Two toxicologists, Dr. James Garriot and Dr. Arthur McBray testified before a grand jury that they had never heard of anyone becoming unconscious from exposure to any amount of THC. They also criticized Dr. Malak for not performing a mass spectrometry, the most effective test for determining the amount of drugs in the boys’ systems.

Responding EMT officers also questioned the ruling, saying the blood found on the boys was dark, as though it lacked oxygen, an indication they were already dead when the train ran over them.

A private investigator hired by the Ives was stonewalled in questioning authorities over the supposedly stoned-boys deaths. The parents of both boys held a press conference in February 1988. They contended their sons had been murdered. The following day, the boys’ bodies were exhumed for a second autopsy to be performed by a different medical examiner, Dr. Joseph Burton of Atlanta.

Dr. Burton’s findings differed sharply from Dr. Malak’s. The former concluded that Kevin and Don had smoked only one to three marijuana cigarettes, far too few to render them unconscious. He also determined that both boys suffered wounds inflicted before being placed on the tracks; Don appeared to have been stabbed, and Kevin’s skull showed significant damage.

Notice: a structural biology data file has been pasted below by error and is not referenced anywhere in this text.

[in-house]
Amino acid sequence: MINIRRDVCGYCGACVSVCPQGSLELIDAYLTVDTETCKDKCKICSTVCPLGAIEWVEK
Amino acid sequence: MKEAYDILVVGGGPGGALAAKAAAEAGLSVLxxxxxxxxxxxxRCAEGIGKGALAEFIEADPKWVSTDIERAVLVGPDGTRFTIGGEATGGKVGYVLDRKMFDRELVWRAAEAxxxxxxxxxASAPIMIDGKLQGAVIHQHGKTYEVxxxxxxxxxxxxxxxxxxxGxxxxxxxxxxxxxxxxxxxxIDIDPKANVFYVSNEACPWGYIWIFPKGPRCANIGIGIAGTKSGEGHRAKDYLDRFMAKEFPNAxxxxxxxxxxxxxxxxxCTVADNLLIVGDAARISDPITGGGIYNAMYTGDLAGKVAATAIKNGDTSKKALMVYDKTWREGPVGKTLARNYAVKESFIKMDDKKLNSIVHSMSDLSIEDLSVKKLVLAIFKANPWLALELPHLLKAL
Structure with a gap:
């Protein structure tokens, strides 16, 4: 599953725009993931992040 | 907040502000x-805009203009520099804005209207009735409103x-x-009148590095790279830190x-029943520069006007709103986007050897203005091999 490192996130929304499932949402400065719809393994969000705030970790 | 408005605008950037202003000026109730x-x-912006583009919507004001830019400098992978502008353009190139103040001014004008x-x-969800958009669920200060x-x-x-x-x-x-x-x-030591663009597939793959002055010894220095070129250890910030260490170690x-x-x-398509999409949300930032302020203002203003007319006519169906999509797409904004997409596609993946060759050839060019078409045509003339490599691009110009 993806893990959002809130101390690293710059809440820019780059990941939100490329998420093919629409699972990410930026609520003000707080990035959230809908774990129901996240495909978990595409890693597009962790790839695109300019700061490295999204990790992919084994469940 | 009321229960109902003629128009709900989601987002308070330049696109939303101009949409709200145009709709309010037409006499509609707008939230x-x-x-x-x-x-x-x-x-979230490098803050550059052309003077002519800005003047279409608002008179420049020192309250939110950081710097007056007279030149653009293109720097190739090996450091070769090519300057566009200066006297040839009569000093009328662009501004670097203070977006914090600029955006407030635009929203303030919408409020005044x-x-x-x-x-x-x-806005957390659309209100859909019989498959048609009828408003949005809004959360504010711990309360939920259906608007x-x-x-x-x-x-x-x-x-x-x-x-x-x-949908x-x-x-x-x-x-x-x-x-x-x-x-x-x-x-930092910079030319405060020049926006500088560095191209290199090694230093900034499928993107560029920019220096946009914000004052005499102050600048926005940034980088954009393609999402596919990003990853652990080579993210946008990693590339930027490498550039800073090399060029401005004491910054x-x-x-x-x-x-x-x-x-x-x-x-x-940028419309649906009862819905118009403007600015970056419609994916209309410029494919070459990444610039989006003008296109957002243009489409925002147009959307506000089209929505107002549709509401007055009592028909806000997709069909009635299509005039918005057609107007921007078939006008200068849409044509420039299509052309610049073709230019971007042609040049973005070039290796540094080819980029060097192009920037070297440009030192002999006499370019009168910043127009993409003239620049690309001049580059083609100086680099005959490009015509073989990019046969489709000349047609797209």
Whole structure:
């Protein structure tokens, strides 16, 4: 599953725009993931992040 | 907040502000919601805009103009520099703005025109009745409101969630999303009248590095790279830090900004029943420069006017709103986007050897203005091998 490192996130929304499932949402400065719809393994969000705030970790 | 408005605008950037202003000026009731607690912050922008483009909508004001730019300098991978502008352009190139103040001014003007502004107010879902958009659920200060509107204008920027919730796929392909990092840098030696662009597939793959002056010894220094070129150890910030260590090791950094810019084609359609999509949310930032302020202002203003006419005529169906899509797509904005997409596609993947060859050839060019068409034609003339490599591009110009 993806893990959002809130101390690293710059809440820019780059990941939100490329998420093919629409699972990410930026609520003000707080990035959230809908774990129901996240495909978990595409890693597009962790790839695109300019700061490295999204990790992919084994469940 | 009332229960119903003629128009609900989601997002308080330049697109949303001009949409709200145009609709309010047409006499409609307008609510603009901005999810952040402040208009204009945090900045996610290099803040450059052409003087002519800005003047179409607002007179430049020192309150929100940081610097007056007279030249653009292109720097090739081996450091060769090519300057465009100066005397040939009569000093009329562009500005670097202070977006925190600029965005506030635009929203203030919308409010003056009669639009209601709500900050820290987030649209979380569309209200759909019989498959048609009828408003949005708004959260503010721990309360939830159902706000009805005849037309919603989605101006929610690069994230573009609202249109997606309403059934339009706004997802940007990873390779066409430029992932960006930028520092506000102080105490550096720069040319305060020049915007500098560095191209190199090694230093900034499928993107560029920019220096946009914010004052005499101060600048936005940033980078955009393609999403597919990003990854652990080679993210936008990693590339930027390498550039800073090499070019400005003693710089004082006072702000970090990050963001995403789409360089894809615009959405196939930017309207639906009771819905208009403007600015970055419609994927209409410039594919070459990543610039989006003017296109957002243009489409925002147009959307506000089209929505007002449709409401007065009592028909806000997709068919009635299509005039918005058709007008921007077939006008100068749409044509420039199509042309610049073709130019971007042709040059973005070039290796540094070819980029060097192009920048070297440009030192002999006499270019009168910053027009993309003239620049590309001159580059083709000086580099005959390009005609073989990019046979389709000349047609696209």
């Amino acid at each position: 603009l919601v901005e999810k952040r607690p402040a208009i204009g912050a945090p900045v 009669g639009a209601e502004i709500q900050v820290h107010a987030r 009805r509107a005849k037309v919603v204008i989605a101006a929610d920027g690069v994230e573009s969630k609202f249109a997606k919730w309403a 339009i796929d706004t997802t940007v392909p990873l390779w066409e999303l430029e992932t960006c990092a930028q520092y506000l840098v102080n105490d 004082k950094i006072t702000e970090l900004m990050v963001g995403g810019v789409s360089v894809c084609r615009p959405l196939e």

Dr. Burton’s autopsy also showed that Malak had mutilated Kevin’s skull by sawing it in several directions, making it virtually impossible to determine where the initial fractures occurred.

Based on Dr. Burton’s findings and the testimonies of Dr. Garriot and Dr. McBray, the grand jury reversed State Medical Examiner Dr. Malak’s finding of accidental death. In July 1988, Don Henry and Kevin Ives’ deaths were ruled as ‘undetermined.’ It was soon changed to ‘probable homicides.’

After learning of Dr. Burton’s conclusions, one of Malak’s assistants said he had discovered what appeared to be evidence of a stab wound during the boys’ original autopsy but was told: “not to worry about it.”